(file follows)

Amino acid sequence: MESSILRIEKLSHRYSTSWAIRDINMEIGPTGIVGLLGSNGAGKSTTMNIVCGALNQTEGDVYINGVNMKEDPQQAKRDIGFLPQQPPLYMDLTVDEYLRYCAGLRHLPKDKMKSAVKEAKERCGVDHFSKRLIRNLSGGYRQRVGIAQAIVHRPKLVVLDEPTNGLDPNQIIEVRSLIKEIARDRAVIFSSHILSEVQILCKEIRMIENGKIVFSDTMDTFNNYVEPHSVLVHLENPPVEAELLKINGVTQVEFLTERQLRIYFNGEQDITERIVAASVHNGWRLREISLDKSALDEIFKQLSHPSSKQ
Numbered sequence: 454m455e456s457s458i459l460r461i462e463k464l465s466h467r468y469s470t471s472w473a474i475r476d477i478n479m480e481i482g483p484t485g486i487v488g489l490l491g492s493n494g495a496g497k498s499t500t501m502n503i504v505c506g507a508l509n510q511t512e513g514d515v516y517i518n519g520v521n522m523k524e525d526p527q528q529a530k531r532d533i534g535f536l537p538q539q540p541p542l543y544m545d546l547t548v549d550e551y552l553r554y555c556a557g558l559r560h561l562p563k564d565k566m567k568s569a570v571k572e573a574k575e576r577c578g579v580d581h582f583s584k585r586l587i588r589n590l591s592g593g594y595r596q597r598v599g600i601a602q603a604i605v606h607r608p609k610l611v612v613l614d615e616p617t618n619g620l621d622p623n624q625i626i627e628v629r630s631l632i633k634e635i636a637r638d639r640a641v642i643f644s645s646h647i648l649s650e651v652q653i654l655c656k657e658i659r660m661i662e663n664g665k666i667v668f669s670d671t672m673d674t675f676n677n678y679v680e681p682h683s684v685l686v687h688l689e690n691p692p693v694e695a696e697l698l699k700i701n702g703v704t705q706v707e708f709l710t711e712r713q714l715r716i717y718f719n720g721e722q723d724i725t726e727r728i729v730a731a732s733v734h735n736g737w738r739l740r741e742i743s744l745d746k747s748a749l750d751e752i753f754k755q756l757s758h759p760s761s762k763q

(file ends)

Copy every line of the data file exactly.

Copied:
Amino acid sequence: MESSILRIEKLSHRYSTSWAIRDINMEIGPTGIVGLLGSNGAGKSTTMNIVCGALNQTEGDVYINGVNMKEDPQQAKRDIGFLPQQPPLYMDLTVDEYLRYCAGLRHLPKDKMKSAVKEAKERCGVDHFSKRLIRNLSGGYRQRVGIAQAIVHRPKLVVLDEPTNGLDPNQIIEVRSLIKEIARDRAVIFSSHILSEVQILCKEIRMIENGKIVFSDTMDTFNNYVEPHSVLVHLENPPVEAELLKINGVTQVEFLTERQLRIYFNGEQDITERIVAASVHNGWRLREISLDKSALDEIFKQLSHPSSKQ
Numbered sequence: 454m455e456s457s458i459l460r461i462e463k464l465s466h467r468y469s470t471s472w473a474i475r476d477i478n479m480e481i482g483p484t485g486i487v488g489l490l491g492s493n494g495a496g497k498s499t500t501m502n503i504v505c506g507a508l509n510q511t512e513g514d515v516y517i518n519g520v521n522m523k524e525d526p527q528q529a530k531r532d533i534g535f536l537p538q539q540p541p542l543y544m545d546l547t548v549d550e551y552l553r554y555c556a557g558l559r560h561l562p563k564d565k566m567k568s569a570v571k572e573a574k575e576r577c578g579v580d581h582f583s584k585r586l587i588r589n590l591s592g593g594y595r596q597r598v599g600i601a602q603a604i605v606h607r608p609k610l611v612v613l614d615e616p617t618n619g620l621d622p623n624q625i626i627e628v629r630s631l632i633k634e635i636a637r638d639r640a641v642i643f644s645s646h647i648l649s650e651v652q653i654l655c656k657e658i659r660m661i662e663n664g665k666i667v668f669s670d671t672m673d674t675f676n677n678y679v680e681p682h683s684v685l686v687h688l689e690n691p692p693v694e695a696e697l698l699k700i701n702g703v704t705q706v707e708f709l710t711e712r713q714l715r716i717y718f719n720g721e722q723d724i725t726e727r728i729v730a731a732s733v734h735n736g737w738r739l740r741e742i743s744l745d746k747s748a749l750d751e752i753f754k755q756l757s758h759p760s761s762k763q